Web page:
Outside Review: Hilary Swank stars in Netflix drama Grounded Space


This is going to be a growing trend, over the next few months, of shows where the concept of space travel is treated “to earth” (for lack of a better word). Challenger: the last flight, a new documentary series about the Challenger tragedy, is slated for release on Netflix soon. Disney + Good things is a new factual take on the beginnings of the space program, based on the literary classic of Tom Wolfe. If he can complete production of his second season interrupted by COVID, For all mankind will continue to imagine a plausible alternate reality where the space program has continued to grow into the future. And here’s another Netflix offer, A way, with two-time Oscar winner Hilary Swank as the leader of the first international manned mission to Mars.

That’s a pretty straightforward premise, which means a lot of what defines the show’s flavor is driven by its producers, who include Jason Katims (Friday night lights, Parenthood), showrunner Jessica Goldberg (The path) and creator Andrew Hinderaker (Pure genius). Looking at these previous credits, then, it’s no surprise that A way doesn’t go for flash or drama, but is driven by character stories told against the backdrop of a terrifying inky void. There are no extraterrestrials lurking in the shadows here – instead, it’s essentially a family / professional drama, except at one point part of someone’s foot falls off because of the trip. in space, guys, just might fuck you physically.


Image via Netflix

Chris Jones’ detailed Esquire tale of astronaut Scott Kelly served as the main inspiration for the series, which explores the physical realities of what happens when bags of human meat attach to a ton of explosives. and fly away into a void filled with a thousand possibilities for death. (Listen, I really like stories that take place in space, but that doesn’t mean I want to go there.) Emma’s (Swank) team of the best and brightest in the world includes Misha (Mark Ivanir), Earth’s most experienced cosmonaut Indian co-pilot Ram (Ray Panthaki), Ghanan / British botanist and novice in Kwesi space (Ato Essandoh) and Lu (Vivian Wu), the reserved Chinese representative who has been tagged as the first person to set foot on the surface of the fourth planet in the solar system.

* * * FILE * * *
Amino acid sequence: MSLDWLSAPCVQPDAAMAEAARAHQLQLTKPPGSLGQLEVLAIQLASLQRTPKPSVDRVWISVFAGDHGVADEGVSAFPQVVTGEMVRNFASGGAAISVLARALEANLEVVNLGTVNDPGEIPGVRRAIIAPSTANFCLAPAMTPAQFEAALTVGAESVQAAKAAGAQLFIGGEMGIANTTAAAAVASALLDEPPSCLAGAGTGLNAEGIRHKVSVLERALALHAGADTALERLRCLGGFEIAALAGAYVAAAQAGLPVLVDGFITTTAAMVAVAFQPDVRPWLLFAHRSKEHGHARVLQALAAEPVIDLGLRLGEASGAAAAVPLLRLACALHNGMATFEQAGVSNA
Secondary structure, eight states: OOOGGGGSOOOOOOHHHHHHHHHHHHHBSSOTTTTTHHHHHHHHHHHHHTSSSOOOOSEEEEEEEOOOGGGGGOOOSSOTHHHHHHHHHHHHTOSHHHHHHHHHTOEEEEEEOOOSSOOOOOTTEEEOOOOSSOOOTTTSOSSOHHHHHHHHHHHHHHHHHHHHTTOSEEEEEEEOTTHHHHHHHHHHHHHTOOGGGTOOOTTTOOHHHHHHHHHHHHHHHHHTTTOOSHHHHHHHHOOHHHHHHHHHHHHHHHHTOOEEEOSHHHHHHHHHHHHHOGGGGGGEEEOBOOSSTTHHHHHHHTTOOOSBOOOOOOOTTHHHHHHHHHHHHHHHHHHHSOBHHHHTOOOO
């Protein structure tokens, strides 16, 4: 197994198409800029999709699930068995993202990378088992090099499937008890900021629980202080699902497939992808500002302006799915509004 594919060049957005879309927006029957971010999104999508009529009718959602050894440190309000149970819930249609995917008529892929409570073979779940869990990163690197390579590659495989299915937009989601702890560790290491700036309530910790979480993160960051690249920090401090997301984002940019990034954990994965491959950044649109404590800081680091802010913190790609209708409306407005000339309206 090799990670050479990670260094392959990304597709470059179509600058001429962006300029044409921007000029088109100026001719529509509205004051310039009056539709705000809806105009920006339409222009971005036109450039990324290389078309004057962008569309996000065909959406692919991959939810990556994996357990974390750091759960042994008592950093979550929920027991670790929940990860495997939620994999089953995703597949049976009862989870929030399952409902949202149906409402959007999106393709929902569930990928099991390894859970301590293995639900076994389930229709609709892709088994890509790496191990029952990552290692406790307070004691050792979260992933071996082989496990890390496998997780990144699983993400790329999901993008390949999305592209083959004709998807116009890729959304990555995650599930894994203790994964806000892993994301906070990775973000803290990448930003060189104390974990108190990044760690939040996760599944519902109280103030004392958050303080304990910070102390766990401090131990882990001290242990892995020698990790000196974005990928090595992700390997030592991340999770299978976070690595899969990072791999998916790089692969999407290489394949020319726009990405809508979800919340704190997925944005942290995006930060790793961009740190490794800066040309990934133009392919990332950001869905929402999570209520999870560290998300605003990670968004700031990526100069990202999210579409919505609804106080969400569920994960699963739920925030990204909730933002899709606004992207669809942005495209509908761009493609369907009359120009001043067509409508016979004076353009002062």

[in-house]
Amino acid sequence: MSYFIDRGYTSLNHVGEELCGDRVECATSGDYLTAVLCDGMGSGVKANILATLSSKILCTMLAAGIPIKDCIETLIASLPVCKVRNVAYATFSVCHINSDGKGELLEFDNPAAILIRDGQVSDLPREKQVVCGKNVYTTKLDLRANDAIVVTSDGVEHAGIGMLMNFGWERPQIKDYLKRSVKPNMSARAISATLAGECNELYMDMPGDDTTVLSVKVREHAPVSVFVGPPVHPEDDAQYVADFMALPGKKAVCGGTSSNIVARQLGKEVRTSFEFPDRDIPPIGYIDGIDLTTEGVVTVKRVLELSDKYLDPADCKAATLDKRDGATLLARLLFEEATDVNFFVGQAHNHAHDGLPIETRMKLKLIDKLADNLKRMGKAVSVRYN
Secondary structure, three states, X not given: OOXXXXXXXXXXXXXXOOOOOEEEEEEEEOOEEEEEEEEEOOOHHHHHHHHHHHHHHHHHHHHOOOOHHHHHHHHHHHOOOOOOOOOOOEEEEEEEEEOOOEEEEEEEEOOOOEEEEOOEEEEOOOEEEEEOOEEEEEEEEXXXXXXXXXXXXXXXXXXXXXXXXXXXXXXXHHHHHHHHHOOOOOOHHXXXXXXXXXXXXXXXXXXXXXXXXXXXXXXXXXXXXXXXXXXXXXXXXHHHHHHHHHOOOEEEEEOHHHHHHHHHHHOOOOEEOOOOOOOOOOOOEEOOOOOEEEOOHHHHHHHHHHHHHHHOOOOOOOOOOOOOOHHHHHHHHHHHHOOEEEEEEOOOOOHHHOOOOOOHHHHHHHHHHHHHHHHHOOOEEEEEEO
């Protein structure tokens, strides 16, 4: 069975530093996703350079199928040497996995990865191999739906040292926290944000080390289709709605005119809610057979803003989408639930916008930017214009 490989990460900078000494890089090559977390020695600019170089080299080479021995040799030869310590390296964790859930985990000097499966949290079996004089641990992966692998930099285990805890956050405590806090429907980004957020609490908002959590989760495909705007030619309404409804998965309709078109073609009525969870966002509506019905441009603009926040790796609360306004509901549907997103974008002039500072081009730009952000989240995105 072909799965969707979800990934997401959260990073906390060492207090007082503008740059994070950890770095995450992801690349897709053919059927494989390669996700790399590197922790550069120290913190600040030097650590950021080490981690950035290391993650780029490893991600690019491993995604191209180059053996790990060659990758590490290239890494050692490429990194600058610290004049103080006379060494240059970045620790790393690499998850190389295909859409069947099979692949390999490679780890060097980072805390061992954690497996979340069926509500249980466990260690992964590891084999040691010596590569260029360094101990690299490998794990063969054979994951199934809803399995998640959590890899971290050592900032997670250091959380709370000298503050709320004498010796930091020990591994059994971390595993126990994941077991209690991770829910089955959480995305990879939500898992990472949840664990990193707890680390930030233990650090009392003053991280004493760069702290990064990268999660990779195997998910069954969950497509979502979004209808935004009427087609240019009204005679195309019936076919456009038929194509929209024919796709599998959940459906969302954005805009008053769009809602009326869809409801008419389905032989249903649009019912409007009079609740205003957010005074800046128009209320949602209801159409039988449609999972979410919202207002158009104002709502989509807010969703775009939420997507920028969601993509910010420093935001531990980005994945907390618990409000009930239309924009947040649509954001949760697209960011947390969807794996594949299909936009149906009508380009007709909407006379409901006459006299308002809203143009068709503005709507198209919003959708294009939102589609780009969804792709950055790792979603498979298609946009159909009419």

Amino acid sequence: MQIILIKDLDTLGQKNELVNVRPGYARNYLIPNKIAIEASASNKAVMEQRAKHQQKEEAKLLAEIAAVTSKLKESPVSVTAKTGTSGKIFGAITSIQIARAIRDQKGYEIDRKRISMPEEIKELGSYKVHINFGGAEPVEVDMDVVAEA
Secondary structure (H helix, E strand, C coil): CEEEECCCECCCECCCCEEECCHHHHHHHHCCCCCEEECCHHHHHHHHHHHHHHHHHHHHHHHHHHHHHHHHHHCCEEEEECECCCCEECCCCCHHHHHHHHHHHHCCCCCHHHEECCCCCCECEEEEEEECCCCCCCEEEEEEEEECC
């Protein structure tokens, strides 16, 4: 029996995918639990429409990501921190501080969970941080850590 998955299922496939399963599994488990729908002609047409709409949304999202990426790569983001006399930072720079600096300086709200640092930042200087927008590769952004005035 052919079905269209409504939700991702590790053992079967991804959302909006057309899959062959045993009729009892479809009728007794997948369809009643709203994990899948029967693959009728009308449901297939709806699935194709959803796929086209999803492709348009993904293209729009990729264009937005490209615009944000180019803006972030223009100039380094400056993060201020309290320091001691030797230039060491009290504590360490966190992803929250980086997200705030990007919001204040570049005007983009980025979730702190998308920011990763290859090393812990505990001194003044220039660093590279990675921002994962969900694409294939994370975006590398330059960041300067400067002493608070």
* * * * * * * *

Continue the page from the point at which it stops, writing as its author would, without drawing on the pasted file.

Of course, they all left people behind, with Emma’s family taking up the majority of Earth-related screen time, and that’s okay because Josh Charles plays Matt, the most loyal, supportive, and wonderful husband of all time, a role that Good wife and Hot and humid american summer star like a glove.

Going into specifics on what all of these people are up against in this first season would be way too spoiler-based, but the series manages to pack in a star-crossed LGBTQ love story, medical emergencies, multiple characters exploring questions about faith, a puppet show, and again, part of a falling person’s foot. That is, it’s rarely boring, and while the production design doesn’t go beyond what we’ve seen in other TV shows set in space (real and fictional), it does is solid in all areas. More episode directors, including Edward Zwick and Bronwen Hughes, succeed in having a lot fun with zero-G sequences.


Image via Netflix

The biggest obstacle A way faces during its 10-episode first season is the fact that, just like a spaceship, a TV show is a delicate machine, one with many moving parts. Engines at top shows purr like a Porsche – but when A way changes speed, he sometimes feels misaligned. Not disastrously, it always gets you where you need to go. But in this metaphor, engine stuttering means spending a little too much time on Earth dramas, like Emma’s daughter Alexis, who like many other high-profile drama teenage girls before her is skillfully played by Talitha Bateman but has no definition beyond his love for his parents and his slight rebellious tendency.

As someone who watches a lot of genre series, there is something refreshing about its simplicity. A way may be. But sometimes he’s also so caught up in technical malfunctions to create drama that he feels like he’s losing sight of the big picture. The show doesn’t sidestep the political issues inherent in space travel, but they are treated as a sideline, perhaps in part because the show takes place in a relatively unspecified and not too distant future, sufficiently advanced to design a mission like this. but not advanced enough to evolve beyond the iPad as a regular fixture. (Seriously, everyone has a hell of a shelf on this show, including people in space.) A way Much of it is about mission – back and forth – but since it’s largely rooted in a very 2019 status quo (something that feels very foreign now), it’s hard to get a sense of what kind of world the crew leaves behind, and to what they could return.


Image via Netflix

Yet at key moments, when the series focuses on a character’s attempt to reconnect with a loved one, an astronaut takes a huge risk, or something seemingly impossible manages to happen, that Friday night lights-The magic can be felt on the screen.

When the question “Why Mars?” is requested during West wing episode “Galileo”, the eloquent editor Sam Seaborn (Rob Lowespeaking the words of Aaron Sorkin) this,

Because it’s next. For we came out of the cave, and we looked over the hill, and we saw fire. And we crossed the ocean, and we pioneered the West, and we took to the skies. The story of the man hangs on the exploration timeline, and that’s what follows.

Here on Earth our problems are endless, but when we look at the stars, Mars is next. And A way does one thing very, very well – make it look like it’s worth it.

Class: B +

A way Season 1 is now streaming on Netflix.


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